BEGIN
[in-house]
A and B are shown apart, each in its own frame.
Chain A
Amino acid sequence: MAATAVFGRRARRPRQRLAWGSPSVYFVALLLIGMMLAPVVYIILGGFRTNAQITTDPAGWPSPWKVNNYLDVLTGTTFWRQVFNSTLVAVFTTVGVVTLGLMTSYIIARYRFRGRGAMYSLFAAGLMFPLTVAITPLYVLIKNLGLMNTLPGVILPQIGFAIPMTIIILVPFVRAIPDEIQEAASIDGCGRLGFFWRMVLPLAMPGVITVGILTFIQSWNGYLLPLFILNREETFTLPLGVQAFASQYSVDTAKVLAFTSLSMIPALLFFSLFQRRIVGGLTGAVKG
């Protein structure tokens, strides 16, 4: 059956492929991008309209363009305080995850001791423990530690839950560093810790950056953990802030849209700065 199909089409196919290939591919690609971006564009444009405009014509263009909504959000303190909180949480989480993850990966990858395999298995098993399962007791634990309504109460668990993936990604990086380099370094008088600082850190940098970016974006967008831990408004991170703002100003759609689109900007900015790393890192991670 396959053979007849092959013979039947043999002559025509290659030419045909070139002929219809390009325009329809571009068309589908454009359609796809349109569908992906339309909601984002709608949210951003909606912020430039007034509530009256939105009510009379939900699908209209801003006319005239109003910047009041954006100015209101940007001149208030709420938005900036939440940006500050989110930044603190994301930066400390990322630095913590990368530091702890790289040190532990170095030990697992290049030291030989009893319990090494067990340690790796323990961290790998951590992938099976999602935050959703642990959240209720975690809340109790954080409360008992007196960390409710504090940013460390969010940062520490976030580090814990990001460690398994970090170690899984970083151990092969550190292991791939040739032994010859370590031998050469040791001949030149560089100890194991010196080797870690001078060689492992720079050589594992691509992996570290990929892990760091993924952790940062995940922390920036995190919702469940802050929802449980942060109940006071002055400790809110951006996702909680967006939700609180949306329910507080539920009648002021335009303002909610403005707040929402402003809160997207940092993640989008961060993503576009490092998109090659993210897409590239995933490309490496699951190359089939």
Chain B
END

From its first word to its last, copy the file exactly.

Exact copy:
[in-house]
A and B are shown apart, each in its own frame.
Chain A
Amino acid sequence: MAATAVFGRRARRPRQRLAWGSPSVYFVALLLIGMMLAPVVYIILGGFRTNAQITTDPAGWPSPWKVNNYLDVLTGTTFWRQVFNSTLVAVFTTVGVVTLGLMTSYIIARYRFRGRGAMYSLFAAGLMFPLTVAITPLYVLIKNLGLMNTLPGVILPQIGFAIPMTIIILVPFVRAIPDEIQEAASIDGCGRLGFFWRMVLPLAMPGVITVGILTFIQSWNGYLLPLFILNREETFTLPLGVQAFASQYSVDTAKVLAFTSLSMIPALLFFSLFQRRIVGGLTGAVKG
């Protein structure tokens, strides 16, 4: 059956492929991008309209363009305080995850001791423990530690839950560093810790950056953990802030849209700065 199909089409196919290939591919690609971006564009444009405009014509263009909504959000303190909180949480989480993850990966990858395999298995098993399962007791634990309504109460668990993936990604990086380099370094008088600082850190940098970016974006967008831990408004991170703002100003759609689109900007900015790393890192991670 396959053979007849092959013979039947043999002559025509290659030419045909070139002929219809390009325009329809571009068309589908454009359609796809349109569908992906339309909601984002709608949210951003909606912020430039007034509530009256939105009510009379939900699908209209801003006319005239109003910047009041954006100015209101940007001149208030709420938005900036939440940006500050989110930044603190994301930066400390990322630095913590990368530091702890790289040190532990170095030990697992290049030291030989009893319990090494067990340690790796323990961290790998951590992938099976999602935050959703642990959240209720975690809340109790954080409360008992007196960390409710504090940013460390969010940062520490976030580090814990990001460690398994970090170690899984970083151990092969550190292991791939040739032994010859370590031998050469040791001949030149560089100890194991010196080797870690001078060689492992720079050589594992691509992996570290990929892990760091993924952790940062995940922390920036995190919702469940802050929802449980942060109940006071002055400790809110951006996702909680967006939700609180949306329910507080539920009648002021335009303002909610403005707040929402402003809160997207940092993640989008961060993503576009490092998109090659993210897409590239995933490309490496699951190359089939």
Chain B